During TIG welding, there is a tungsten electrode that produces the arc that provides the heat source to heat the metal that you are working on. This gas helps to protect the weld area from any damaging atmospheric elements.

Any filler metals used in TIG welding are added to the weld by hand, however, filler metals aren’t required in all TIG welding projects.

There are many advantages to using tungsten inert gas welding. All of its welds are clean and high-quality. Plus, it is capable of welding more metals than any other welding process, and it can weld in any position.

Differences Between Stick, MIG, and TIG Welding

Differences Between Stick, MIG, and TIG Welding

Let’s now delve into stick vs. MIG vs. TIG welding, three of the most common types of welding that exist. While they each use electrical currents to generate heat for the base or bonding materials, they each have their applications that should be considered. 

Metals

Certain types of metals are better suited for each welding process.

A variety of metals can be used in stick welding, most notably stainless or mild types of steel. Other possibilities include aluminum, cast iron, and other metals.

Next, MIG welding is so popular because it can handle nearly any type of metal that exists. Common examples of metals used in MIG welding include carbon steel, stainless steel, aluminum, copper, nickel, silicon bronze, and a host of other alloys. From thin metals to thick metals, MIG welding can handle it all.

TIG welding, on the other hand, is better suited for more refined projects. This means it’s best suited for thinner metals that do not require any filler to hold together. TIG welding is a great choice for making welds that require clean lines and high precision, such as aluminum and stainless steel. The TIG process is also a great choice for maintenance or repair projects as the heat is infinitely controllable.

Examples of metals that TIG welding can handle include aluminum, nickel alloys, stainless steel, weld steel, magnesium, copper, brass, and gold.

Ease of Control

Stick welding is best for outdoor welds. It requires a high level of experience to successfully operate a stick welding machine. It is a good choice for dirty or rusty metals.

MIG welding is referred to as the “hot glue gun of welding” for a reason. It is easy to learn compared with other types of welding, and with a few weeks of training, nearly anyone can pick it up.

All the welder needs to do is pull on the trigger to start or stop welding. The welder can even hold the welding gun in one hand to operate it.

TIG welding isn’t quite as simple to master, although it generally produces higher-quality welds compared with MIG welding. There is a non-consumable tungsten electrode in TIG welding that is required to heat the rod and the metal rod in the weld area.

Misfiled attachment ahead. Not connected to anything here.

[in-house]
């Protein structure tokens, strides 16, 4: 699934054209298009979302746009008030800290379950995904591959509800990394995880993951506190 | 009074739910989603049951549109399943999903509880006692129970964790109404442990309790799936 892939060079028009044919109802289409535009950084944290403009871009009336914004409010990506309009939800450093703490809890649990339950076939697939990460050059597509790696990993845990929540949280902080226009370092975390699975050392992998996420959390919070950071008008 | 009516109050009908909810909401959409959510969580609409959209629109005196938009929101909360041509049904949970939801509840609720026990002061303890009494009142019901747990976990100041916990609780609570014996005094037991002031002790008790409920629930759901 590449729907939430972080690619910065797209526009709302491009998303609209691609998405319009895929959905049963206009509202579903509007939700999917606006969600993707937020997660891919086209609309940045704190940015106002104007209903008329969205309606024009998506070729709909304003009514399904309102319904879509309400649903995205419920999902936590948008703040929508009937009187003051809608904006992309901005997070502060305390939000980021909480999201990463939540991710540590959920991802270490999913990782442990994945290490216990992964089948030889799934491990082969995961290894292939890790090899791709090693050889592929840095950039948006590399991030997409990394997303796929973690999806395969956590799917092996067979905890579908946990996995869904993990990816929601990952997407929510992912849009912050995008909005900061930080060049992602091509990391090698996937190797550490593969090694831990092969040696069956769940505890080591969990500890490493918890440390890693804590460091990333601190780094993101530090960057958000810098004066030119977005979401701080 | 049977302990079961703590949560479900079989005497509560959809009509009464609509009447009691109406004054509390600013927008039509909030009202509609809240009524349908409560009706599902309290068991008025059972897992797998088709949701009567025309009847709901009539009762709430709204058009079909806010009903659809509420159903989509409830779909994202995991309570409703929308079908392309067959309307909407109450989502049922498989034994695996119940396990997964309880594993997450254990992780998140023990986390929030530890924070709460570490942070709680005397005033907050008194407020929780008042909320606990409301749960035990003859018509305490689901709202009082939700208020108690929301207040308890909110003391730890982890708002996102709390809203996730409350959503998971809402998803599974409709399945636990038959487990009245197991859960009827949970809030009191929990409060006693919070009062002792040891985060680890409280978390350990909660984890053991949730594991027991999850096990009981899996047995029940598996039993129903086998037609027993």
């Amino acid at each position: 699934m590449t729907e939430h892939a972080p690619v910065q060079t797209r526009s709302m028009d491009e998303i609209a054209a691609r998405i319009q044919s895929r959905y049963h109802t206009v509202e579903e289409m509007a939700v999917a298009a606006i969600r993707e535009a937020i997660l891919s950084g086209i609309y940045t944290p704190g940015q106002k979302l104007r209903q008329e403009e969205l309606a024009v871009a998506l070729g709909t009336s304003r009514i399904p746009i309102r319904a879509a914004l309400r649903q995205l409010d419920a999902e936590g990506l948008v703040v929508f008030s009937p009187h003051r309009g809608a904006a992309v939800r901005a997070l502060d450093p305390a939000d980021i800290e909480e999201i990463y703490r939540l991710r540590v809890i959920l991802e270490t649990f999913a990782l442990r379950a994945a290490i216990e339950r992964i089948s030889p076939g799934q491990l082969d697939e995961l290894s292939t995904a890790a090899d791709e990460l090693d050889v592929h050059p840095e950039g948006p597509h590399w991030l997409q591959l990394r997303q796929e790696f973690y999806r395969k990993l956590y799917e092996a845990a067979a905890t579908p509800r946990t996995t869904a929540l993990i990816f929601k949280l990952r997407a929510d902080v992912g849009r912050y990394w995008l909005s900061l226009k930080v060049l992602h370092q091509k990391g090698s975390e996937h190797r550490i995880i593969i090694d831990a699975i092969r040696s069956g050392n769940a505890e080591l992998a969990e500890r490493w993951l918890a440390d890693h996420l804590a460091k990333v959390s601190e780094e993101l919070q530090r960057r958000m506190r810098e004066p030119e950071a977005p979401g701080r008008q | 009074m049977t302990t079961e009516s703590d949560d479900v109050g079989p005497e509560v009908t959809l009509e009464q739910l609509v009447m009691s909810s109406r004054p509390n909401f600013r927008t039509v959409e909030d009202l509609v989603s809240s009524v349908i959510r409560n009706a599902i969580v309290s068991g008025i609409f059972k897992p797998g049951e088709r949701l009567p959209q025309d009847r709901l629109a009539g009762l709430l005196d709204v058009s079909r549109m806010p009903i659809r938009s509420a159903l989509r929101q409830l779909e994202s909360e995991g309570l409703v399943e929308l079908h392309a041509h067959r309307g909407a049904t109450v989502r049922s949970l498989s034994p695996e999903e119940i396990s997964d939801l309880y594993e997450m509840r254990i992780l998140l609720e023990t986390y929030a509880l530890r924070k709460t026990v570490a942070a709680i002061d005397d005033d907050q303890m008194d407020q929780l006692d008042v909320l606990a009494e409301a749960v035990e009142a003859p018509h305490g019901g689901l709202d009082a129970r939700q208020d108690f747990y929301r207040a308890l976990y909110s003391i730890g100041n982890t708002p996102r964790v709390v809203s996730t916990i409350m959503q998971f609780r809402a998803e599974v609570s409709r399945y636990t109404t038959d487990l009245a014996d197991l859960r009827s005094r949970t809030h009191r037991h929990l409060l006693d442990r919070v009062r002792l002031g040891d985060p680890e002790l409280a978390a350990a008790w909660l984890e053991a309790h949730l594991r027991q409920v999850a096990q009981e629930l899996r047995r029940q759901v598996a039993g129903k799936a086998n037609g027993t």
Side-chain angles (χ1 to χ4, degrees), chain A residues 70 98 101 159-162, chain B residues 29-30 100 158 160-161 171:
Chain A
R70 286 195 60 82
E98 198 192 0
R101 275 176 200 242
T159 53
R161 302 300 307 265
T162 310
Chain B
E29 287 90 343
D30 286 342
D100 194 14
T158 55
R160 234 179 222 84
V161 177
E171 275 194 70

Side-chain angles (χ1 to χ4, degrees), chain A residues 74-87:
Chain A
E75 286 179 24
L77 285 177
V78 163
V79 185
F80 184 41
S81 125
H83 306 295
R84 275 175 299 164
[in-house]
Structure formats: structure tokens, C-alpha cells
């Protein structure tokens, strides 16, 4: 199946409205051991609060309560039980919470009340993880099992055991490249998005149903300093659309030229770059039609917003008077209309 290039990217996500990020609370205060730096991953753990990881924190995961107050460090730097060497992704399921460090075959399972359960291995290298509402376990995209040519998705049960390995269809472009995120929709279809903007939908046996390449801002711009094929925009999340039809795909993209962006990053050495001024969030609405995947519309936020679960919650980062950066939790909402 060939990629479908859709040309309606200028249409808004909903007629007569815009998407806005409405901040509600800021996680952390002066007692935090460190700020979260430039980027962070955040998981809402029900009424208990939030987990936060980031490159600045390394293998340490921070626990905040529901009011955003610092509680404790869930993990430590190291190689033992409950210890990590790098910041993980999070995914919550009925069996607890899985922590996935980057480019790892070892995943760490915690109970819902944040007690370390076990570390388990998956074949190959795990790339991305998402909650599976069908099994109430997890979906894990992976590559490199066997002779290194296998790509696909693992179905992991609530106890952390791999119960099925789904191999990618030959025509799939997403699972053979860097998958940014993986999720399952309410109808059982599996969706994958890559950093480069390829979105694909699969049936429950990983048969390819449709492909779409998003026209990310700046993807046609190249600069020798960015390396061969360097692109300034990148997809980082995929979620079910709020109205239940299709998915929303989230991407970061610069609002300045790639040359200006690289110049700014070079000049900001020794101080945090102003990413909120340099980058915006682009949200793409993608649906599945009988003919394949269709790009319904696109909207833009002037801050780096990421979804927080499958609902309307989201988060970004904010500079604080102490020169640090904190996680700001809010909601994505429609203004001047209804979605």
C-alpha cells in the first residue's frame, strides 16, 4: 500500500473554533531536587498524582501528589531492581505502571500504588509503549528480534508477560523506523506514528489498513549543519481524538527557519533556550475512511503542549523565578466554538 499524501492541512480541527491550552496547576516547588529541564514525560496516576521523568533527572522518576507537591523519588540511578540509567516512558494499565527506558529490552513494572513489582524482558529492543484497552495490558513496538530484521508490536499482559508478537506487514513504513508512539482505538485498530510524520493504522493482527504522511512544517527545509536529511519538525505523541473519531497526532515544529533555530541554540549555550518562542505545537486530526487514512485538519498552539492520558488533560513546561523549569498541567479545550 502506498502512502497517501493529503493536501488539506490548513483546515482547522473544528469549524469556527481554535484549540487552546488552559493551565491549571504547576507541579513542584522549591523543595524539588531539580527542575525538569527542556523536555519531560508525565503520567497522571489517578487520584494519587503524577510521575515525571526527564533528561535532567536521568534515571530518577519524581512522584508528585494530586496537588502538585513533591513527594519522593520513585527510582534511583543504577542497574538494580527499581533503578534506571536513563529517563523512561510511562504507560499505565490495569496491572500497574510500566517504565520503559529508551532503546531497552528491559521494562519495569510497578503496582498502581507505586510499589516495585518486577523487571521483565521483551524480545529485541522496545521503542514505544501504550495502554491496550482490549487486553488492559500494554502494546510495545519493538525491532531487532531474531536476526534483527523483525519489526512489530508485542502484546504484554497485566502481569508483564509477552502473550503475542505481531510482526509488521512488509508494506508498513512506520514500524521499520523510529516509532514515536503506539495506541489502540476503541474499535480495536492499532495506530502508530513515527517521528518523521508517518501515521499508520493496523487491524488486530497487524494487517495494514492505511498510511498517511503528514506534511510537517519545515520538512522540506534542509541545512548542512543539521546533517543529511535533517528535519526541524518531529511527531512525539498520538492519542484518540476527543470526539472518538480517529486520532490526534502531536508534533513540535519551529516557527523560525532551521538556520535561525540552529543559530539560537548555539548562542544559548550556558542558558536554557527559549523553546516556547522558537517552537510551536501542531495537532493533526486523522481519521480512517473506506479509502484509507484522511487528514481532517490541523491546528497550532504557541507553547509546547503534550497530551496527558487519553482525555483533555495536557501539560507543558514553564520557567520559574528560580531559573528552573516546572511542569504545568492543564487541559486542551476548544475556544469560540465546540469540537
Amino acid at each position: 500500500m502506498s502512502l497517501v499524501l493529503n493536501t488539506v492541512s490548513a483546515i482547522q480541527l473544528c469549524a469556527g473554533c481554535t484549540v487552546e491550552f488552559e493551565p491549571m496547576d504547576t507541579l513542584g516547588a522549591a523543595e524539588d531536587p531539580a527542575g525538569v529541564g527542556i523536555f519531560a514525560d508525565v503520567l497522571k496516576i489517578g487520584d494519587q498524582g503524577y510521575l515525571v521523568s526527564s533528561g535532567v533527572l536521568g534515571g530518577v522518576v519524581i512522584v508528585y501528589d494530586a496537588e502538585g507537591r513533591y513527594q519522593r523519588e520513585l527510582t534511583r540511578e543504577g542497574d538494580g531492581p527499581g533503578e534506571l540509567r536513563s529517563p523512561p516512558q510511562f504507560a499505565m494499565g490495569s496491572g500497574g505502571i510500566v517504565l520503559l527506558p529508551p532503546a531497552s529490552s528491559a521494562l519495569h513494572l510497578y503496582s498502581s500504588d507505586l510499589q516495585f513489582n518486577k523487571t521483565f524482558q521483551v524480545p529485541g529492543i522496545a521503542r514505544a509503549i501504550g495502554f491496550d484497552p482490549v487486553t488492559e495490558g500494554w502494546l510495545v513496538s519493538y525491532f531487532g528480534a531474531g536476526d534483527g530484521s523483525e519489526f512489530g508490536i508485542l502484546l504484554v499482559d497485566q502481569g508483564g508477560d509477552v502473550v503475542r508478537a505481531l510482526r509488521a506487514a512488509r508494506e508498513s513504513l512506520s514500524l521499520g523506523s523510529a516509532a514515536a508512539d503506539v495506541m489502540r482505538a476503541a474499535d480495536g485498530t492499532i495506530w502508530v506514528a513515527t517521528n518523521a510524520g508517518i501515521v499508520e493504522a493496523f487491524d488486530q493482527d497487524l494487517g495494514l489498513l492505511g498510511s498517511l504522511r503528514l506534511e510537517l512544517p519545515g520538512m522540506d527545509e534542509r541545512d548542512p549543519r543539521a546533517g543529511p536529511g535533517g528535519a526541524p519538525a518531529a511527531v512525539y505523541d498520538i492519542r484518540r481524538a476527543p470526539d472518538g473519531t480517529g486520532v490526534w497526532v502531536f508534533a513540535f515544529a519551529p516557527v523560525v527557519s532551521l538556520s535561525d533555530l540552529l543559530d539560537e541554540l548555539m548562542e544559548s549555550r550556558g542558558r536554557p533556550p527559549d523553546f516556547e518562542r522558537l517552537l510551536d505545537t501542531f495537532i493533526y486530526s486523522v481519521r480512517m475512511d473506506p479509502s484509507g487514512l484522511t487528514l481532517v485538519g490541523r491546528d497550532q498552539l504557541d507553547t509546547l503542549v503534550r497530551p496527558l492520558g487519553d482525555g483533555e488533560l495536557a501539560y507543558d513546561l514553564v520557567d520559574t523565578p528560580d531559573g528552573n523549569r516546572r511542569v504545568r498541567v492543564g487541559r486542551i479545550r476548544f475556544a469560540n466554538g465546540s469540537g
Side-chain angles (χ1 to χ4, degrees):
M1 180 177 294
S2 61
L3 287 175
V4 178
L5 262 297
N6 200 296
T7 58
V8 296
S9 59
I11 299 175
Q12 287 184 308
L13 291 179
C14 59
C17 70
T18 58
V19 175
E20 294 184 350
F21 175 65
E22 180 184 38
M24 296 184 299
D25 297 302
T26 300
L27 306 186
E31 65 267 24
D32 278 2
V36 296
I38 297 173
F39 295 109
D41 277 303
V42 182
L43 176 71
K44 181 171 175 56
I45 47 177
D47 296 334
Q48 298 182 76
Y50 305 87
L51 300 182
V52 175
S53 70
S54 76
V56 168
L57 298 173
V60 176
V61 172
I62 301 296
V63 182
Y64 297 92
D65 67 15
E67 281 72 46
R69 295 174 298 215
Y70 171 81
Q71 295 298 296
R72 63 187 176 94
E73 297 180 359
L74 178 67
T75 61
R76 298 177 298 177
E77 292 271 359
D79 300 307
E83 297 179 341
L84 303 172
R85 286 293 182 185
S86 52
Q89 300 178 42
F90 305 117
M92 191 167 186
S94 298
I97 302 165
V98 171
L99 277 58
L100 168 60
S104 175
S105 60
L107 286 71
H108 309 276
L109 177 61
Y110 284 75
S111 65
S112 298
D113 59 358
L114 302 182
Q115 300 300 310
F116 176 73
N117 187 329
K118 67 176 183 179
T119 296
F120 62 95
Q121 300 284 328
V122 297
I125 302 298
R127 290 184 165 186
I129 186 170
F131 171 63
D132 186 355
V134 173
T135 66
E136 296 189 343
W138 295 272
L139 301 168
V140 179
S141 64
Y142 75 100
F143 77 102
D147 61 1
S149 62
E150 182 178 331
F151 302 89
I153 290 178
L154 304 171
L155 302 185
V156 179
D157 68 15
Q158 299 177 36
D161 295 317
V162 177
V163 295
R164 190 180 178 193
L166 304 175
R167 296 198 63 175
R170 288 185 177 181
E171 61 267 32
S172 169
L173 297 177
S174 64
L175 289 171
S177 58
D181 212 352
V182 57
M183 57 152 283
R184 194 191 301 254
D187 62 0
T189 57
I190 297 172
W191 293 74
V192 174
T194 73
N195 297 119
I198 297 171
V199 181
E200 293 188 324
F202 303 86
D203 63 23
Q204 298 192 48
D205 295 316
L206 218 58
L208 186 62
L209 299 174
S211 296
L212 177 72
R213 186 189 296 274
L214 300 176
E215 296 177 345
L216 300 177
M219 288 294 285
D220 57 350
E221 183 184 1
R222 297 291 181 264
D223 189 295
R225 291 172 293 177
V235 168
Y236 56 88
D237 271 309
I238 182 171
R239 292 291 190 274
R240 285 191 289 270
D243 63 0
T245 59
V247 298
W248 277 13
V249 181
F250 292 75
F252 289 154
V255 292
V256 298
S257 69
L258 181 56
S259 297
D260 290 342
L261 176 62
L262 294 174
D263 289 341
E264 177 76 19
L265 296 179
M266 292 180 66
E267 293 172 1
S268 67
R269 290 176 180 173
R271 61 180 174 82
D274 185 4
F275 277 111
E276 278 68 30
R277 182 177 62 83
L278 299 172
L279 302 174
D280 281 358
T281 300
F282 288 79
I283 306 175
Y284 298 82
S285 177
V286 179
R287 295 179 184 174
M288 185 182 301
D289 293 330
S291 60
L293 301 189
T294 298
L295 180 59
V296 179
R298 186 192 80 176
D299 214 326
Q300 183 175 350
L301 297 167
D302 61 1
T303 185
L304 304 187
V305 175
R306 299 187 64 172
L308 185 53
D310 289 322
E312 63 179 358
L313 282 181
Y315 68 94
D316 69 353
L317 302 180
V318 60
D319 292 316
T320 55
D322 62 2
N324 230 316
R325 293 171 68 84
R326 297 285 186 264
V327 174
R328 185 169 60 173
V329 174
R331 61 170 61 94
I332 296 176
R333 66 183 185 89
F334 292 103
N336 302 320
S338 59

The welder needs to be able to hold the filler rod in one hand and the torch in another while simultaneously using his or her foot to control the heat via a pedal on the ground. With so many moving parts, TIG welding can be a difficult process to master.

Cost

Cost is another important factor to consider between stick vs. MIG vs. TIG welding. Stick welding is relatively cheap and has a low initial investment cost compared with MIG and TIG welding.

The MIG welding process is notably faster than the TIG welding process, ultimately cutting back on how much it costs to use. The amount of time it takes to prepare the workstation for MIG welding is also less than TIG welding.

TIG welding is a bit costlier only due to its slower operational speed. It requires more preparation time as well, but it’s worth the wait for an incredible result.

Speed

Finding the right speed for stick welding takes some practice. Because it is more complicated, the welder needs to find a speed that is not too slow but not too fast to get his or her desired results.

MIG welds are capable of running for long periods at consistent speeds. This makes them ideal in many industrial applications that need a high production rate.

TIG welds are heavily detail-oriented, making them a slower choice.

When to Use Stick vs. MIG vs. TIG Welding

When to Use Stick vs. MIG vs. TIG Welding

Understanding how each welding process is used can help you feel confident in your decision. Stick welding is applicable for a variety of projects and can be completed both inside and outside. It’s commonly used in industries such as manufacturing, shipbuilding, construction, mining, aerospace, field repair, steel fabrication, etc.

MIG welding is typically used in industries that require larger, thicker metal-based materials, such as in the automobile or home improvement industries. It is commonly used in sheet metal welding and to create large steel structures.

TIG welding can be used on non-ferrous materials such as nickel, titanium, copper, aluminum, and magnesium. It is most often used in industries such as food equipment and aerospace. 

Conclusion

It’s nearly impossible to say which welding type is the best, as each has such unique characteristics and applications. If you’re interested in learning more about our fabrication processes at Schaumburg Specialties, feel free to reach out to our team!

Rely on our experts for assistance in developing the right equipment for your business. We even offer a lifetime guarantee on our products. Call us today at (855) 712-9299.